The SoC is ARM SBSA v3 compliant, meaning it can run any compliant operating systems without having to resort to “cute embedded nonsense hacks“. The processor if optimized for cloud workloads, and the company explains the SoC are already been used demonstrated for the following tasks:

  • Web front end with HipHop Virtual Machine
  • NoSQL databases including MongoDB, Varnish, Scylladb
  • Cloud orchestration and automation including Kubernetes, Docker, metal-as-a-service
  • Data analytics including Apache Spark
  • Deep learning inference
  • Network function virtualization
  • Video and image processing acceleration
  • Multi-core electronic design automation
  • High throughput compute bioinformatics
  • Neural class networks
  • OpenStack Platform
  • Scaleout Server SAN with NVMe
  • Server-based network offload

Three Qualcom Centriq 2400 SKUs are available today

  • Centriq 2434 – 40 cores @ 2.3 / 2.5 GHz; 50 MB L3 cache; 110W TDP
  • Centriq 2452 – 46 cores @ 2.2 / 2.6 GHz; 57.5 MB L3 cache; 120W TDP
  • Centriq 2460 – 48 cores @ 2.2 / 2.6 GHz; 60 MB L3 cache; 120W TDP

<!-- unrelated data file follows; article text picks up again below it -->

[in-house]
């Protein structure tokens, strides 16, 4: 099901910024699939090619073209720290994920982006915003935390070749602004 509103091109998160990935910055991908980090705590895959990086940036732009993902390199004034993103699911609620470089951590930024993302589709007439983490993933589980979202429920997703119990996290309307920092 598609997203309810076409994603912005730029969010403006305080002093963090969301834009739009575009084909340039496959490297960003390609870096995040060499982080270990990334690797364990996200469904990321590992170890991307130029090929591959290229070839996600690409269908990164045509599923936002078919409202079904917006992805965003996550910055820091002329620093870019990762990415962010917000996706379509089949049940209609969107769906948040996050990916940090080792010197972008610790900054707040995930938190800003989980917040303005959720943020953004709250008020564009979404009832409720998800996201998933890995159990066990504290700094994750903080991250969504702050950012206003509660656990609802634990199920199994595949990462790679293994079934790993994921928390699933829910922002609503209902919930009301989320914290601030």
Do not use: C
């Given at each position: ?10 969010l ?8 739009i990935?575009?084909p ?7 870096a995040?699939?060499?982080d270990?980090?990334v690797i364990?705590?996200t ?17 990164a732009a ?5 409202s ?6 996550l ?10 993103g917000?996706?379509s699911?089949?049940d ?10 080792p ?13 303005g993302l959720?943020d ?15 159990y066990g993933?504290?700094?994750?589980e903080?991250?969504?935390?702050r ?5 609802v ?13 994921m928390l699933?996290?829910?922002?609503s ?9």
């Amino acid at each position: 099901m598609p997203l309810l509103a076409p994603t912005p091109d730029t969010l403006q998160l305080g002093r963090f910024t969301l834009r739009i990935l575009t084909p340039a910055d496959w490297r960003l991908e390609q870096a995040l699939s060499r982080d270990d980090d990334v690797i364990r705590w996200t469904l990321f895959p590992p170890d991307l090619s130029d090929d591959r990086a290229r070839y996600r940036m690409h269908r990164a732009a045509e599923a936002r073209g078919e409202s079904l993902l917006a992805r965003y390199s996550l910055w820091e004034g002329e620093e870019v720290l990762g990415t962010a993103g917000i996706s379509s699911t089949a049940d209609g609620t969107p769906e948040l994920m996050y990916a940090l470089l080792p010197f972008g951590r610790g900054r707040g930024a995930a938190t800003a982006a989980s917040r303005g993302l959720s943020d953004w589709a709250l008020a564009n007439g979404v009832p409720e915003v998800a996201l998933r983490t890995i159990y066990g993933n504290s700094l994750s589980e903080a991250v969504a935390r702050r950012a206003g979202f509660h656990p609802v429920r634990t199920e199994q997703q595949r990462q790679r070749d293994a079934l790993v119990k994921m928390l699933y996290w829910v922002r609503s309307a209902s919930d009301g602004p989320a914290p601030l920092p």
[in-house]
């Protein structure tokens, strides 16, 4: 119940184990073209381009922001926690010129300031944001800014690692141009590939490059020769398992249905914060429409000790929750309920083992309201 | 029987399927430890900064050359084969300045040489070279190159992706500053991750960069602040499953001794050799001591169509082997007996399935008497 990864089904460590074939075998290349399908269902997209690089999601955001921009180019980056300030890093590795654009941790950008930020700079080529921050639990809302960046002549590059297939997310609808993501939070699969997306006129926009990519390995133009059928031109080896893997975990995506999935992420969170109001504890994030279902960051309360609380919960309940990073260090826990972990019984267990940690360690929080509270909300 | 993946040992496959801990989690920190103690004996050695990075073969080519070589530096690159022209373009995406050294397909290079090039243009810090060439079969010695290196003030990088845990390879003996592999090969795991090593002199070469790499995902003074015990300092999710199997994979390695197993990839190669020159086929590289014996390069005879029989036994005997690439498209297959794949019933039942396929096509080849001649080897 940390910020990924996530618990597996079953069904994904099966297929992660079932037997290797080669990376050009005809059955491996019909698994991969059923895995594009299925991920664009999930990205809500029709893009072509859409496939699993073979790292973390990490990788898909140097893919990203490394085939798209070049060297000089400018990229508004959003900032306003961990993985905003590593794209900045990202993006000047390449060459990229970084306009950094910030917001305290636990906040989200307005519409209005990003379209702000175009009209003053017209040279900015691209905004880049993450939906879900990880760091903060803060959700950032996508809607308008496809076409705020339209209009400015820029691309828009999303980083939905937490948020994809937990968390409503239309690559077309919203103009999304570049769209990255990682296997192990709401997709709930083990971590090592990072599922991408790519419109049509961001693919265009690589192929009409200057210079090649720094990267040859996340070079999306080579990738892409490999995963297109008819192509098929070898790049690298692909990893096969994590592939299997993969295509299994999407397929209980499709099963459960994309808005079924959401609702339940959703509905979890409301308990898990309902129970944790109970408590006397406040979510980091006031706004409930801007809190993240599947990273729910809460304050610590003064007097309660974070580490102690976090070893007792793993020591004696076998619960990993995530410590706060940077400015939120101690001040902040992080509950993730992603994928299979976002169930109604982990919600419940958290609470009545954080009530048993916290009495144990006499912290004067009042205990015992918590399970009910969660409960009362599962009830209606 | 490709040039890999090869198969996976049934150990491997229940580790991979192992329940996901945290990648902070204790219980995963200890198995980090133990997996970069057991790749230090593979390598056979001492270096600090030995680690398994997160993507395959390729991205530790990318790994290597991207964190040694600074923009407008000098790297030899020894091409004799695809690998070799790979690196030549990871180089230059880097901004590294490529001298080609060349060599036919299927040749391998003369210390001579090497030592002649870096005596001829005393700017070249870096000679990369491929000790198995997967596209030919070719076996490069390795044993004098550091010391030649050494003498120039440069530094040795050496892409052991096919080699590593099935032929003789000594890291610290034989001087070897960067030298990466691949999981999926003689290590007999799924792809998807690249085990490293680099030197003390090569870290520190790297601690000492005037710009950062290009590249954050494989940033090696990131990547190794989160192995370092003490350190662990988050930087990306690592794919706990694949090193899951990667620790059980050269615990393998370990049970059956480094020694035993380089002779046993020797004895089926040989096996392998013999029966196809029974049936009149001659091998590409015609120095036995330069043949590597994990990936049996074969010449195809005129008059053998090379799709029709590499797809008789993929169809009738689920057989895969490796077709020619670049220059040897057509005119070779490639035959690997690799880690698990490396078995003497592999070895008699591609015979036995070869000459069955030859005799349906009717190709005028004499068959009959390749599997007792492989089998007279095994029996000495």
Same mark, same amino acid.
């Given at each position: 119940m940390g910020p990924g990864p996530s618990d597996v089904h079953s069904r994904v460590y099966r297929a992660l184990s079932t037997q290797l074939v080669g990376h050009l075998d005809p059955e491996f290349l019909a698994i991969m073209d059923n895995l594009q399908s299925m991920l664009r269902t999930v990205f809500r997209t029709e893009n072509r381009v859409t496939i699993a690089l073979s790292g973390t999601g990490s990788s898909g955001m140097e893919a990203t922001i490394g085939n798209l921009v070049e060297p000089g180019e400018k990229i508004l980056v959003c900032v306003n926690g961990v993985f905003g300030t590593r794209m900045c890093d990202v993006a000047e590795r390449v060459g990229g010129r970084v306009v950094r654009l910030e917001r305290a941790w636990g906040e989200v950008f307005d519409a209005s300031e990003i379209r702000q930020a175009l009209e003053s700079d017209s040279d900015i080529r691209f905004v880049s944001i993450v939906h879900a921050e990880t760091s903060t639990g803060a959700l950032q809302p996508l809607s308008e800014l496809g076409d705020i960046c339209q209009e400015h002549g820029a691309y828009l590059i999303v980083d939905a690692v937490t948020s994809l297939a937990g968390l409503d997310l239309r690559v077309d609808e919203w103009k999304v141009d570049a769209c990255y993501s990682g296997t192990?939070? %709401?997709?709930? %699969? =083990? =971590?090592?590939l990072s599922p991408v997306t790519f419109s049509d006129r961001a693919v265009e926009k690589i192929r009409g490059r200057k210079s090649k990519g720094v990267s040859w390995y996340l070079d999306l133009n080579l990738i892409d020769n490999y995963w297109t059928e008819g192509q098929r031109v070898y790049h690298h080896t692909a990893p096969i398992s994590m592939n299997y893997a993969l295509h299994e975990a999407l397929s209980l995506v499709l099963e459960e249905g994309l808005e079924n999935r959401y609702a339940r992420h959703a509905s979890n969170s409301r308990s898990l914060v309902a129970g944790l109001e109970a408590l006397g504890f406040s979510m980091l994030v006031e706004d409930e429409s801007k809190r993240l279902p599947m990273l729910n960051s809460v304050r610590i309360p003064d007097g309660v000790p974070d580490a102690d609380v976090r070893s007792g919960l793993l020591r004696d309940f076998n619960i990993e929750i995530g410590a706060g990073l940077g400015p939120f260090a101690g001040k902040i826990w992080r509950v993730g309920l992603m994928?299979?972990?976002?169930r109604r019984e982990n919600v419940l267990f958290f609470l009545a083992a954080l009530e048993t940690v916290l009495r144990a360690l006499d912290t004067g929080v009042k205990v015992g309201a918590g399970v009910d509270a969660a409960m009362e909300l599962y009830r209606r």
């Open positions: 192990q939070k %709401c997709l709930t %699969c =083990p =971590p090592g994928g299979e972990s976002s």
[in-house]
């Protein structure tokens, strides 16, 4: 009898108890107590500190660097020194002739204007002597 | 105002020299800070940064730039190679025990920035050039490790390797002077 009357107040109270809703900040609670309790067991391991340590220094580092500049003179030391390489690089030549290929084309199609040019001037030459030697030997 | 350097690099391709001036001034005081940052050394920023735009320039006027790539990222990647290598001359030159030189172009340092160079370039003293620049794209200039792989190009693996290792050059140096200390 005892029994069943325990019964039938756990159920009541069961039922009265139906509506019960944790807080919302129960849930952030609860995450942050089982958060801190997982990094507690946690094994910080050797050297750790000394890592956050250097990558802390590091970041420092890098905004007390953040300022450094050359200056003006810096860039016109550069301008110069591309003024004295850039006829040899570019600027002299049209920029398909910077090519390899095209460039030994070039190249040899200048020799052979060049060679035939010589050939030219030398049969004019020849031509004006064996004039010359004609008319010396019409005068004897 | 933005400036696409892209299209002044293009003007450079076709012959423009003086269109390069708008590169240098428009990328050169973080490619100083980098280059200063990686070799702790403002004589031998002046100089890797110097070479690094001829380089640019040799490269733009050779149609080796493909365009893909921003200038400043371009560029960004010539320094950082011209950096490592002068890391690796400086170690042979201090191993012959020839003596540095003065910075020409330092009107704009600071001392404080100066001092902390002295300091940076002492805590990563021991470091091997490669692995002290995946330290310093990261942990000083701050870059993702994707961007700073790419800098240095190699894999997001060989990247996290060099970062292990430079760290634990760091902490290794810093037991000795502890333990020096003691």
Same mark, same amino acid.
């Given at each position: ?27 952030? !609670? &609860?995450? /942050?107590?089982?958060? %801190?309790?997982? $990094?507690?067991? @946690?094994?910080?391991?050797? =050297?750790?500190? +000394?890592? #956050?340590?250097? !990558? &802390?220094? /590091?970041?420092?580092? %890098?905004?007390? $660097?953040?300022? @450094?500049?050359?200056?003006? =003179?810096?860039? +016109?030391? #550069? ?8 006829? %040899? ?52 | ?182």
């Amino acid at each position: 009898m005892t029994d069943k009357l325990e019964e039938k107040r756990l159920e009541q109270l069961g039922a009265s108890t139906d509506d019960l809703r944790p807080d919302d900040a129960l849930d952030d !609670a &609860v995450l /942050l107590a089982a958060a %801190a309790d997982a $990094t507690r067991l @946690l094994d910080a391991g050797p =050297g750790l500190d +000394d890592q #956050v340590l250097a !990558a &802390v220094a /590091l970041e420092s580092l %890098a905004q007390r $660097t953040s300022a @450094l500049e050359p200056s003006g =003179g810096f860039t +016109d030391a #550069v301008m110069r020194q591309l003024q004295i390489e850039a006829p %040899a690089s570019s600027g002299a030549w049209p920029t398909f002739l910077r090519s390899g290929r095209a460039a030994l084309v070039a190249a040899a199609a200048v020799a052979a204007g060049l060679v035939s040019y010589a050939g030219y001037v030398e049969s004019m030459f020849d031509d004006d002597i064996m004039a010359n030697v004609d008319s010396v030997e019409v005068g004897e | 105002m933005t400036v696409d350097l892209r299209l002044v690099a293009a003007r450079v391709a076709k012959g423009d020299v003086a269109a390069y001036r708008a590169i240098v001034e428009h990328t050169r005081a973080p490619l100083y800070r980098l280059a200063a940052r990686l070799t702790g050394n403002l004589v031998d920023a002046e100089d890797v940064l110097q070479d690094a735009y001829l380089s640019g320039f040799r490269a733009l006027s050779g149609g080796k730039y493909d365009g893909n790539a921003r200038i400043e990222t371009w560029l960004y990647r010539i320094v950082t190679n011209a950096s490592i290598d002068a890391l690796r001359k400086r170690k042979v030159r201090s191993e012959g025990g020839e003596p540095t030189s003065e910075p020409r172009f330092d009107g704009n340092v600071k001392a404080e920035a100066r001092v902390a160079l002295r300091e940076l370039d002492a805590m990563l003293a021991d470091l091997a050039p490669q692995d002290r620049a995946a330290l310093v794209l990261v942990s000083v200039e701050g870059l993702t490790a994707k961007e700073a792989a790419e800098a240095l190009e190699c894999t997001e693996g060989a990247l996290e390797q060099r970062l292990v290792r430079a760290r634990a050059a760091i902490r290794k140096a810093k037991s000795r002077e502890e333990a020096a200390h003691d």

Qualcomm Centriq 2460 (48-cores) was compared to an Intel Xeon Platinum 8160 with 24-cores/48 threads (150 W) and found to perform a little better in both integer and floating point benchmarks.

The most important metrics for server SoCs are performance per thread, performance per watt, and performance per dollars, so Qualcomm pitted Centriq 2460, 2452 and 2434 against respectively Intel Xeon Platinum 8180 (28 cores/205W  TDP), Xeon Gold 6152 (22 cores/140W TDP), and Xeon Silver 4116 (12 cores/85W  TDP). Performance per watt was found to be significantly better for the Qualcomm chip when using SPECint_rate2006 benchmark.

Performance per dollars of the Qualcomm SoCs look excellent too, but…

Qualcomm took Xeon SoCs pricing from Intel’s ARK, and in the past prices there did not reflect the real selling price of the chip, at least for low power Apollo Lake / Cherry Trail processors.